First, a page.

• Nintendo Entertainment System - Pictured above, the NES-101 model launched in 1993, which converted the system from a side-loading VCR pastiche to a top-loading console with Super NES-style controllers (also known as the dogbone controllers). The top-loading design made the cartridge insertion much more robust, cutting down on the old "flashing light'" problem caused by bent connector pins (though the video quality is somewhat poorer, with faint vertical lines covering the screen), but the Nintendo's poor timing in releasing it so late in the console's lifespan meant that the new design saw little success and was soon discontinued.
    • Three years after its debut in Japan, the Famicom got a facelift of its own: produced by Sharp under license from Nintendo, the Twin Famicom was a console that combined the Famicom and its Disk System add-on into a single device. It had greater audiovisual quality than the original Famicom due to it trading in the RF adaptor for RCA connectors. It was only released in Japan.
    • The Famicom AV (also known as the New Famicom), a redesign of the Famicom released near the end of the system's lifespan, has the same design as the NES top-loader, but features a flatter surface on the cartridge port (allowing the Disk System's adapter to be plugged in), an expansion port next to the standard controller ports for specialized peripherals and controllers, and AV output ports instead of RF (a huge selling point, as the original Famicom only used RF). The fact that the controllers were detachable instead of wired to the console was also a plus and added the unintended side-effect of making the console compatible with NES controllers due to having the same ports. On the other hand, this also meant the second controller lost its microphone functionality, which a few games supported.
  • Super NES - Likewise, Nintendo's 16-bitter got the SNS-101 redesign late during its lifespan (known as the Super Famicom Jr. in Japan and simply marketed as the Super NES in the U.S.). Besides its smaller compact design, the main differences between it and the original SNS-001 model was the removal of the expansion dock at the bottom of the console (which only the unreleased Super NES CD-ROM Drive and the Japan-only BS-X Satellaview add-on ended up using) and the fact that the SNS-101 only accepted composite video.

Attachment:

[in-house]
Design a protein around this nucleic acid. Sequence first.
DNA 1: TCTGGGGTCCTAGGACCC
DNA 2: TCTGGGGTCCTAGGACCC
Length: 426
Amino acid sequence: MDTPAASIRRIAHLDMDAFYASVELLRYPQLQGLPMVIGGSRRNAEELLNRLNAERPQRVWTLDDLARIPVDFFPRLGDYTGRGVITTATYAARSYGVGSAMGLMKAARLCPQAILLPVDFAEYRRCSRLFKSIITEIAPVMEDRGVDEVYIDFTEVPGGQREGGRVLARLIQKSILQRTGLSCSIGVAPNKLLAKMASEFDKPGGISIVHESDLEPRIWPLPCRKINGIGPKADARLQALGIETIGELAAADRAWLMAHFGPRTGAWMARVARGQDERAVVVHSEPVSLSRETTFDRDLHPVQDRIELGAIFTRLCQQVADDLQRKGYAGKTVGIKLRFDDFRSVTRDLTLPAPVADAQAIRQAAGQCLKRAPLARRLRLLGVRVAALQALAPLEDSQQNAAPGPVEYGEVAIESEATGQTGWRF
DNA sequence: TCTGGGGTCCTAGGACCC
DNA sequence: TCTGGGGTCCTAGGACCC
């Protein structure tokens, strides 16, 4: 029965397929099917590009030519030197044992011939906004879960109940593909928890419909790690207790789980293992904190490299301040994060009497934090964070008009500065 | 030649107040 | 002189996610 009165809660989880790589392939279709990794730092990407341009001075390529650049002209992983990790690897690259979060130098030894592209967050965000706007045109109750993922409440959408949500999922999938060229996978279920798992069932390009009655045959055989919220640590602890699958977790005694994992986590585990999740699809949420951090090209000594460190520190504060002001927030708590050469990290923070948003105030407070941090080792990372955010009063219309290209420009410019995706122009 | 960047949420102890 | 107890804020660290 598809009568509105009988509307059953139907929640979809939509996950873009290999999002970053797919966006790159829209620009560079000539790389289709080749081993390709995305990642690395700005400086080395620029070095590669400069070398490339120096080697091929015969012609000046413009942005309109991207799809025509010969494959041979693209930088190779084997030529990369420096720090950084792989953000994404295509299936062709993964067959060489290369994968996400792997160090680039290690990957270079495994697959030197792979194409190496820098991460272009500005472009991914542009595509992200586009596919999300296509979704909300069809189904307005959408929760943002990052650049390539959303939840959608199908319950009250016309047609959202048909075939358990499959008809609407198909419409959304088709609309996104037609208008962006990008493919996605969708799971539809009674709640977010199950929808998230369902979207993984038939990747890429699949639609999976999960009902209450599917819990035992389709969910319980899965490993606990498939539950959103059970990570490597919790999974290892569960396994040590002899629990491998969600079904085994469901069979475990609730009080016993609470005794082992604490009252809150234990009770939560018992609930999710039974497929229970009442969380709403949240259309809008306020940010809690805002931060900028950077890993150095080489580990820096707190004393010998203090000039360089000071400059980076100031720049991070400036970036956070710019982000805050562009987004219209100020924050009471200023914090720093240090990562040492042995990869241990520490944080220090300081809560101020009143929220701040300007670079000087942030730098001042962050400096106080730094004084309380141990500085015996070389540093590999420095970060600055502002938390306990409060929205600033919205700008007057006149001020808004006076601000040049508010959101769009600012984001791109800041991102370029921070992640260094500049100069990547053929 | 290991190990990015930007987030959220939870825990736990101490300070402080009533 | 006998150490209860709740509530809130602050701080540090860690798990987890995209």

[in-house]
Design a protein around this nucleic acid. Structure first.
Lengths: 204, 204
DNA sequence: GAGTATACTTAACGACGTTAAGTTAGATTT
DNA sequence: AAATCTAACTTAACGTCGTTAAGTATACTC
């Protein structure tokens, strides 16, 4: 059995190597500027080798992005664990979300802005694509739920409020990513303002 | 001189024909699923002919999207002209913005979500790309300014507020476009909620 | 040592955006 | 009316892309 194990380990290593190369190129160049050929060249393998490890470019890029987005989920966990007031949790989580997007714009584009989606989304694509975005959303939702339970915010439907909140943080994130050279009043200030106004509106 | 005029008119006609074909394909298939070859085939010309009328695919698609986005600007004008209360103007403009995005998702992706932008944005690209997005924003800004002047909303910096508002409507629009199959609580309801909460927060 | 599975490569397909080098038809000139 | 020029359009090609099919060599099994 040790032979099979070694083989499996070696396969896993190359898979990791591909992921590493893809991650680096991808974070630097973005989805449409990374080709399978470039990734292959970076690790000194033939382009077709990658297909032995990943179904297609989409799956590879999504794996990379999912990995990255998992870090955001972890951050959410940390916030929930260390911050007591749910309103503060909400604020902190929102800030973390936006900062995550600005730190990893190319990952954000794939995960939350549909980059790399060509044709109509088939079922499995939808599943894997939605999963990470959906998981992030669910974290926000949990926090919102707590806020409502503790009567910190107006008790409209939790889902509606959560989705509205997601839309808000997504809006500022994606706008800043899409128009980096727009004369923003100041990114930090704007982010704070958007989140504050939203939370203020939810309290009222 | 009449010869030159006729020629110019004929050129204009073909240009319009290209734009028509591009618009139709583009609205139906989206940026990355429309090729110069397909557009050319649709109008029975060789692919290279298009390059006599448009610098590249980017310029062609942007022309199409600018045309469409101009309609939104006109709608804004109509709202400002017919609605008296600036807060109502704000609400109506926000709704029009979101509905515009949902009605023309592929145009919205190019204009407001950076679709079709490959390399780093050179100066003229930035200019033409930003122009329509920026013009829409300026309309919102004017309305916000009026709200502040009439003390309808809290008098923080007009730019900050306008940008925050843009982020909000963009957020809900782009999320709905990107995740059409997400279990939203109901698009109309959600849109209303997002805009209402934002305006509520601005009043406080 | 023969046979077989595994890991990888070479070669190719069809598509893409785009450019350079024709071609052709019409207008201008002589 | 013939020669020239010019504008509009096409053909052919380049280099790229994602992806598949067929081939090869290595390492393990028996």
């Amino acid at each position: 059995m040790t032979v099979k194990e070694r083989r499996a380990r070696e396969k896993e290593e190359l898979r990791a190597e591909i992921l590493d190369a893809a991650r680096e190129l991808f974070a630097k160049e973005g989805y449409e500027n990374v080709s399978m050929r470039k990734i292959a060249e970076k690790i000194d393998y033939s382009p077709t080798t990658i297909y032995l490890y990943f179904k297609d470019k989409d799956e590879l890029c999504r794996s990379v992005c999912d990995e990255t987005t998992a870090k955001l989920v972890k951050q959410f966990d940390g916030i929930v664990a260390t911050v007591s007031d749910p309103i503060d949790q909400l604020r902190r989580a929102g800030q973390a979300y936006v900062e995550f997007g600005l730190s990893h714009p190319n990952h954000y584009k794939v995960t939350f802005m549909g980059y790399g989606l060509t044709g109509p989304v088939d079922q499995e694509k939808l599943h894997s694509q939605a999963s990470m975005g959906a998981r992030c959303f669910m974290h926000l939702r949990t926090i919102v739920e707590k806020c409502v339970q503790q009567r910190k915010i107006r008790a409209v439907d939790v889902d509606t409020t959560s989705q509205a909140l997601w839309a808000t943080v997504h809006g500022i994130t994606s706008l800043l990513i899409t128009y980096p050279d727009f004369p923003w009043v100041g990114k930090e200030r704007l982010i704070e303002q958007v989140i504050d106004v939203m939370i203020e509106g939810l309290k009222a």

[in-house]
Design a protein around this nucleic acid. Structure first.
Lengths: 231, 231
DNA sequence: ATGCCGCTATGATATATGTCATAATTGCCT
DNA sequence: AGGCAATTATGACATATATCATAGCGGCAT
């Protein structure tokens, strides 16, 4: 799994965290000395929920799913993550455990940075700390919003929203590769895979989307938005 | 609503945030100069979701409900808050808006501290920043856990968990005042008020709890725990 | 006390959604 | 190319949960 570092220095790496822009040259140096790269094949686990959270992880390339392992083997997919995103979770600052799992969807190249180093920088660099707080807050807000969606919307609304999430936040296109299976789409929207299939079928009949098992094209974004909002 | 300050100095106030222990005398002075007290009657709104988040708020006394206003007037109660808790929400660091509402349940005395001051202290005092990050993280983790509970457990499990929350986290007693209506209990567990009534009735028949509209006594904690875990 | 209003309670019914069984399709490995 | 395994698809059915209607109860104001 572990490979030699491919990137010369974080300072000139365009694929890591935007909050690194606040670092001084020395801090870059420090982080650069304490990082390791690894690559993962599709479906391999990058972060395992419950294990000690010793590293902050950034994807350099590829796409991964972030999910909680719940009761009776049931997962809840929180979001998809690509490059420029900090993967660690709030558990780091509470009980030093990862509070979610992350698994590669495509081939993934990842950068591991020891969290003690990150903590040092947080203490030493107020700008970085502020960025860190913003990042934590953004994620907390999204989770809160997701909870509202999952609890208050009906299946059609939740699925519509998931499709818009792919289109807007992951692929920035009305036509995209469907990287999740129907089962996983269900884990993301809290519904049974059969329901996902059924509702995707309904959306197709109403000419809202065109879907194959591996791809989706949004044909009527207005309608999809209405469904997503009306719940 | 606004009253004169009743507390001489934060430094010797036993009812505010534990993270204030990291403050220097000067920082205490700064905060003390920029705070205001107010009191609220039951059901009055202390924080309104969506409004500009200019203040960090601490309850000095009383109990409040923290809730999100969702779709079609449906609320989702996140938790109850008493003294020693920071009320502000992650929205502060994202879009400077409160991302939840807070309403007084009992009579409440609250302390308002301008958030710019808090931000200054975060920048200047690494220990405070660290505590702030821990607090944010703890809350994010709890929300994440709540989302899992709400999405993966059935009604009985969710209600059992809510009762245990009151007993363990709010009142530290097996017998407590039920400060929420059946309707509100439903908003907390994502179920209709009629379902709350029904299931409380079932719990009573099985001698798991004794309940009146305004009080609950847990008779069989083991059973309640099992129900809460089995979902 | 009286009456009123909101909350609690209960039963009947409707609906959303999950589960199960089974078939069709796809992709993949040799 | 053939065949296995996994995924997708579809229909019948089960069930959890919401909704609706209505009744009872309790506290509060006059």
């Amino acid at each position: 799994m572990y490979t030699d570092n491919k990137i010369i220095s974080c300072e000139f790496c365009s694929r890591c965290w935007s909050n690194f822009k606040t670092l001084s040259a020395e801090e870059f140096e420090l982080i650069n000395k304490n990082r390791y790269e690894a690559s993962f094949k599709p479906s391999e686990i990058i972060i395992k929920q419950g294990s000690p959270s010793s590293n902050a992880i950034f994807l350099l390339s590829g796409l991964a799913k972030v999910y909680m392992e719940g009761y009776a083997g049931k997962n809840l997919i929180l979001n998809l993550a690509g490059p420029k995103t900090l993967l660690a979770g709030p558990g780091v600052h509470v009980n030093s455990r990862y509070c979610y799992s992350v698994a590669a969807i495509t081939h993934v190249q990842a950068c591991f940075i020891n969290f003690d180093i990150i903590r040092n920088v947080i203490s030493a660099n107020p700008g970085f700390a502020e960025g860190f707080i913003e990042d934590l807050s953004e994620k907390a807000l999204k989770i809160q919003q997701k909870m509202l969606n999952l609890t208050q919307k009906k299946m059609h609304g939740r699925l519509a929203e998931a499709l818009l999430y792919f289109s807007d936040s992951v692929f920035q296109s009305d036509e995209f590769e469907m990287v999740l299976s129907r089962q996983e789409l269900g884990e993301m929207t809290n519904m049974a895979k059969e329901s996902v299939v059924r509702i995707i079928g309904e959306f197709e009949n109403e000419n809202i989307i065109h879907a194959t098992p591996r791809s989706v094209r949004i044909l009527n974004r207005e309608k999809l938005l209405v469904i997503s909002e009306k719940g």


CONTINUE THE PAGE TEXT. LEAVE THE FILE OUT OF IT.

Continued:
• Sharp, the company responsible for the Twin Famicom, also released two types of CRT televisions licensed by Nintendo: one with a built-in Famicom, and another with a built-in Super Famicom.
  • The Nintendo 64 received a Pikachu-themed model with a redesigned body shape and button layout and the expansion port for the failed 64DD dropped.
  • Later releases of the Nintendo GameCube removed the plug for digital component cables (well, digital-to-analog component cables... CRTs were still the norm, mind you), due to the low demand for them (resulting in these cables highly sought after among collectors in the secondhand market). A third-party version of the GameCube by Panasonic known as the Q was also released in Japan several months after the original console; this control deck featured the ability to play both GameCube discs and video DVDs (among other hardware revisions), but was commercially unsuccessful due to it costing much more than buying a regular Gamecube and DVD player separately; because of its failure, it never made it to international shores, much to the west's derision (as the ability to play DVD videos was a big selling point for the highly-popular rival PS2).
  • The Wii got updated to a black version with the Wii Motion Plus integrated into the Wii Remotes. This led to a Console Wars gag on Penny Arcade where Sony says the PlayStation Move is nothing like the Wii because it's black, only to be informed that black Wiis exist now. "WHEN DID THAT HAPPEN?!"
    • The "Family Edition" of the Wii is smaller and designed to sit horizontally, but all GameCube backwards compatibility is absent. The pin connectors for GameCube memory cards and controllers are still present, they're just tucked away behind the plastic shell.